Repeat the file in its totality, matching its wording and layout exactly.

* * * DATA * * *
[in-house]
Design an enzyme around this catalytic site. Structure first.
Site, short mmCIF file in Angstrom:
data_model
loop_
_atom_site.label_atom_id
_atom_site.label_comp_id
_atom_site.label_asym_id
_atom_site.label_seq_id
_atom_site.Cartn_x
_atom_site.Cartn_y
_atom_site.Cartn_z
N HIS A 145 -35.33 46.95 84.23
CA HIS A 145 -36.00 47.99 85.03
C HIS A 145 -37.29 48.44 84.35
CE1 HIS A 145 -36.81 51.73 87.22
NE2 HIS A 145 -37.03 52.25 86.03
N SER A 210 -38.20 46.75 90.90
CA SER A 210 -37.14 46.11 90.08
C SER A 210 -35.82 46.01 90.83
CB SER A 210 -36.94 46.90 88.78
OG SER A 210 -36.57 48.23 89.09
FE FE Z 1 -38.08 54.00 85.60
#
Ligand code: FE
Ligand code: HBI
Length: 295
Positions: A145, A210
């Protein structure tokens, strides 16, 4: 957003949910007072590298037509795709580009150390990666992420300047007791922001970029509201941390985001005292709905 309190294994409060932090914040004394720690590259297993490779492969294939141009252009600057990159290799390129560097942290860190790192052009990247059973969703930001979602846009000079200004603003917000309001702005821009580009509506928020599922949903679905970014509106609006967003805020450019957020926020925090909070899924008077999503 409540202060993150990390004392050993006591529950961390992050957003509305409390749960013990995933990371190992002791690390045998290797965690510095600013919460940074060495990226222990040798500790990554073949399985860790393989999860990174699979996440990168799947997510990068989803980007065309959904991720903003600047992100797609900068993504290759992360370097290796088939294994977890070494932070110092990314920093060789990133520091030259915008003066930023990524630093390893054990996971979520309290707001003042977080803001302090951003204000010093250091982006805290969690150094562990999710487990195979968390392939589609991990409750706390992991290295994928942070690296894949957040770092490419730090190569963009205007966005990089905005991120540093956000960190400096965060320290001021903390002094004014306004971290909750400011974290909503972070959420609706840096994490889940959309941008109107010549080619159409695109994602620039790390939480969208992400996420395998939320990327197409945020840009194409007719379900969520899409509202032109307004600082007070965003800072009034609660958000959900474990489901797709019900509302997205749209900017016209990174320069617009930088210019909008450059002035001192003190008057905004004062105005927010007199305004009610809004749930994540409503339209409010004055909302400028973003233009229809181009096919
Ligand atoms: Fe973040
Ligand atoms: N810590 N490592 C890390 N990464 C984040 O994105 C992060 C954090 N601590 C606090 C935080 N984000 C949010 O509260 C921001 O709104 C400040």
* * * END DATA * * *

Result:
[in-house]
Design an enzyme around this catalytic site. Structure first.
Site, short mmCIF file in Angstrom:
data_model
loop_
_atom_site.label_atom_id
_atom_site.label_comp_id
_atom_site.label_asym_id
_atom_site.label_seq_id
_atom_site.Cartn_x
_atom_site.Cartn_y
_atom_site.Cartn_z
N HIS A 145 -35.33 46.95 84.23
CA HIS A 145 -36.00 47.99 85.03
C HIS A 145 -37.29 48.44 84.35
CE1 HIS A 145 -36.81 51.73 87.22
NE2 HIS A 145 -37.03 52.25 86.03
N SER A 210 -38.20 46.75 90.90
CA SER A 210 -37.14 46.11 90.08
C SER A 210 -35.82 46.01 90.83
CB SER A 210 -36.94 46.90 88.78
OG SER A 210 -36.57 48.23 89.09
FE FE Z 1 -38.08 54.00 85.60
#
Ligand code: FE
Ligand code: HBI
Length: 295
Positions: A145, A210
């Protein structure tokens, strides 16, 4: 957003949910007072590298037509795709580009150390990666992420300047007791922001970029509201941390985001005292709905 309190294994409060932090914040004394720690590259297993490779492969294939141009252009600057990159290799390129560097942290860190790192052009990247059973969703930001979602846009000079200004603003917000309001702005821009580009509506928020599922949903679905970014509106609006967003805020450019957020926020925090909070899924008077999503 409540202060993150990390004392050993006591529950961390992050957003509305409390749960013990995933990371190992002791690390045998290797965690510095600013919460940074060495990226222990040798500790990554073949399985860790393989999860990174699979996440990168799947997510990068989803980007065309959904991720903003600047992100797609900068993504290759992360370097290796088939294994977890070494932070110092990314920093060789990133520091030259915008003066930023990524630093390893054990996971979520309290707001003042977080803001302090951003204000010093250091982006805290969690150094562990999710487990195979968390392939589609991990409750706390992991290295994928942070690296894949957040770092490419730090190569963009205007966005990089905005991120540093956000960190400096965060320290001021903390002094004014306004971290909750400011974290909503972070959420609706840096994490889940959309941008109107010549080619159409695109994602620039790390939480969208992400996420395998939320990327197409945020840009194409007719379900969520899409509202032109307004600082007070965003800072009034609660958000959900474990489901797709019900509302997205749209900017016209990174320069617009930088210019909008450059002035001192003190008057905004004062105005927010007199305004009610809004749930994540409503339209409010004055909302400028973003233009229809181009096919
Ligand atoms: Fe973040
Ligand atoms: N810590 N490592 C890390 N990464 C984040 O994105 C992060 C954090 N601590 C606090 C935080 N984000 C949010 O509260 C921001 O709104 C400040």